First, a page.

Richard Hofstadter: Seeing History From the CenterHistorians in the News
[Review of Richard Hofstadter: An Intellectual Biography, by David S. Brown. University of Chicago Press, 291 pages, $27.50.]
Richard Hofstadter spent most his adult life in the “Upper West Side Kibbutz,” an area of Morningside Heights bounded by Claremont Avenue, Riverside Drive and Columbia’s Hamilton Hall. Of the eminences who inhabited this neighborhood in the 1950’s—Daniel Bell, Peter Gay, Irving Kristol, Lionel Trilling—Hofstadter achieved the most impressive mix of critical and commercial success.
He published prodigiously: more than a dozen major books, collections and anthologies; a textbook that introduced thousands of college students to history; plus a handful of first-rate ruminations laid away in the magazines and journals. The American Political Tradition (1948) sold 400,000 copies in its first two decades. The Age of Reform (1955) and Anti-Intellectualism in American Life (1963) each won the Pulitzer Prize. Even lesser volumes called out high praise. Gore Vidal described The Paranoid Style in American Politics (1965) as “a most engaging essay” and commended Hofstadter as one the “best contemporary critics” of “the collective madness of the electorate.” In 1970, Hofstadter signed a contract with Knopf, his longtime publisher, for a three-volume history of American political culture. The trilogy was to take 18 years to complete, and was to earn the author $1.3 million in today’s dollars, according to David Brown’s new biography.
Hofstadter’s reputation is strong among contemporary historians of the United States, and his books still sell briskly. Mr. Brown’s biography should be welcomed accordingly. It’s a quiet book for a quiet life: a childhood in Buffalo as the son of a Jewish father and a Lutheran mother; an early marriage to Felice Swados, a hot-blooded fellow student at the University of Buffalo; emigration to New York City in the middle of the Great Depression; a brief membership in the Communist Party; then graduate school at Columbia, followed by a rise to prominence in the 1940’s and 50’s. No reversals, no scandals, no puzzling discrepancies, no purblind mistakes. From beginning to end, Hofstadter held the confidence of the center. In high school, he was both valedictorian and class president. In 1968, after Columbia University president Grayson Kirk discredited himself, it was Hofstadter who stepped forward to deliver the commencement address to the shattered campus. He’s still the only member of the faculty so entrusted, according to Mr. Brown.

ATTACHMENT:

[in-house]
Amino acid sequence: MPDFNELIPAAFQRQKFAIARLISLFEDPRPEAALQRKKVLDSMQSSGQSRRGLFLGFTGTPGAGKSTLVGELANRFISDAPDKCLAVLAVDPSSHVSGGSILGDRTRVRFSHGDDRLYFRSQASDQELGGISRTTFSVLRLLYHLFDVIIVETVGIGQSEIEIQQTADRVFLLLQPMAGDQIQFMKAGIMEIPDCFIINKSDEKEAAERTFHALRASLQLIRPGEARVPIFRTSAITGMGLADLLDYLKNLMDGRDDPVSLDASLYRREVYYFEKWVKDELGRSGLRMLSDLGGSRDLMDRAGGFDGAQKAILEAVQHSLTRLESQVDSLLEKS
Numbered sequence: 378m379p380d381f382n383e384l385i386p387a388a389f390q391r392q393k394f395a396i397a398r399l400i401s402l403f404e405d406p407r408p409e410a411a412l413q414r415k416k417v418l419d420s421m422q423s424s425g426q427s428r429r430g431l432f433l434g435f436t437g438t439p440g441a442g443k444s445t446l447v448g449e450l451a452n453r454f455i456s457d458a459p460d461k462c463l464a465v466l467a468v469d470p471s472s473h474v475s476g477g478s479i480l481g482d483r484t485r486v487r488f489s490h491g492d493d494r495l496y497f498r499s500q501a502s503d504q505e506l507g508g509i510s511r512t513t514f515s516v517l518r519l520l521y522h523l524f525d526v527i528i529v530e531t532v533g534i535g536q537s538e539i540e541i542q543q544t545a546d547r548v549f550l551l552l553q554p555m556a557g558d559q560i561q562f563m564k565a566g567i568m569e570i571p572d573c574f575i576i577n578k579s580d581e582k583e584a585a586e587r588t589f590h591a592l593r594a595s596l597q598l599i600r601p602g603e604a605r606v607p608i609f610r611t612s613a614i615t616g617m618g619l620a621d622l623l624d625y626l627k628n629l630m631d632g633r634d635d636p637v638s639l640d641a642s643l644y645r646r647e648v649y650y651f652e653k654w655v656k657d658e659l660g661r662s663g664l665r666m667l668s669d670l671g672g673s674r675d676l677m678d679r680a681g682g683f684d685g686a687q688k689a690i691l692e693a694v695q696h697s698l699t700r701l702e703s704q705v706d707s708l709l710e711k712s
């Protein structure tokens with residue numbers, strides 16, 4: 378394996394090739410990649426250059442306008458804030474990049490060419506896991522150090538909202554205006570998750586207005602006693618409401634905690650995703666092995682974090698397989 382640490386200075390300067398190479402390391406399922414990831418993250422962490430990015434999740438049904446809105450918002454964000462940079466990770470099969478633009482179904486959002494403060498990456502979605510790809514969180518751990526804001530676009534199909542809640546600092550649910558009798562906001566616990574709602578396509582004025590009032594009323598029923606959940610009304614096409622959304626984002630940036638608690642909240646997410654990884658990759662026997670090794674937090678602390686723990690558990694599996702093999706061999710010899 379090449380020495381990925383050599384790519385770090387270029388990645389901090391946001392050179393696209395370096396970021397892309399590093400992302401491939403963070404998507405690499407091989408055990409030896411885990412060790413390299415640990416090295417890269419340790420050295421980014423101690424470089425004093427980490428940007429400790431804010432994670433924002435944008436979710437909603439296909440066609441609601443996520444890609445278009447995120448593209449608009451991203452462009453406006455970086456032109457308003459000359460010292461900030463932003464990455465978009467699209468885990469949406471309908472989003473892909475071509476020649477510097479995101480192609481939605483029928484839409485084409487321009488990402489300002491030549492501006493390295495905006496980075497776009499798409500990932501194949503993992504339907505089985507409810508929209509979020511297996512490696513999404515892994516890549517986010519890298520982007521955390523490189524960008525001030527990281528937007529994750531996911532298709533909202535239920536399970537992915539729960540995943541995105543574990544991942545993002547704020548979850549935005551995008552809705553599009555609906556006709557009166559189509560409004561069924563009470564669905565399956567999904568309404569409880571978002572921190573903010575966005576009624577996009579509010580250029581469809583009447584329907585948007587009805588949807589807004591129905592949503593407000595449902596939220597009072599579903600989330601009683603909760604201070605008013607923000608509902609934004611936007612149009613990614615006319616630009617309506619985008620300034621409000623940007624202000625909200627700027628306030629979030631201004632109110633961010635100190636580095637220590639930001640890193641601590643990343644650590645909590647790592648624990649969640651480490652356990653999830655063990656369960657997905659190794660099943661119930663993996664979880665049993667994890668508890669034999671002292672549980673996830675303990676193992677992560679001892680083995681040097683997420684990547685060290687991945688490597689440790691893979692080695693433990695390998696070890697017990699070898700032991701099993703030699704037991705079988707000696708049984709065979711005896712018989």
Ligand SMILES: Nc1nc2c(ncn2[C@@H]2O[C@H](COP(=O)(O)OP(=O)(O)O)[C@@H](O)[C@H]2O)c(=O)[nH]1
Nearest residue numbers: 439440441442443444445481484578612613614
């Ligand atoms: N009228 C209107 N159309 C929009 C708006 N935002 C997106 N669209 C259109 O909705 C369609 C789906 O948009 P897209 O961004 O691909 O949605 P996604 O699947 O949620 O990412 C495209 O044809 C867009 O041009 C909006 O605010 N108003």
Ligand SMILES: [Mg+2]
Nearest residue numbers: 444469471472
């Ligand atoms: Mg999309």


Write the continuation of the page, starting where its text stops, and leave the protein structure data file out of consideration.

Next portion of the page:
A moderate by temperament and an historian by training, Hofstadter was an intellectual by conviction. The animus of his thought set the life of the mind against “the populistic democracy.” To the activist wing of the left, he resolved the conflict in favor of conservatism, for he insisted on the value of civility and on the need for institutions to uphold it. “In this age of rather overwhelming organizations and collectivities,” he said at the 1968 commencement, “the university is singular in being a collectivity that serves as a citadel of intellectual individualism.” To the activist wing of the right, he transformed dissent into pathology. “The Pseudo-Conservative Revolt,” one of his early essays about McCarthyism, set out to explain “its dense and massive irrationality.” But Hofstadter won his insights into the emotional roots of mass movements from a certain detachment from politics as such. “I can no longer describe myself as a radical,” he said in a 1962 letter, “though I don’t consider myself to be a conservative either. I suppose the truth is, although my interests are still very political, I none the less have no politics.” One of his essays on the Goldwater insurgency, “The Contemporary Extreme Right Wing in the United States,” carried a preface by Nietzsche on the “herd mentality.”...
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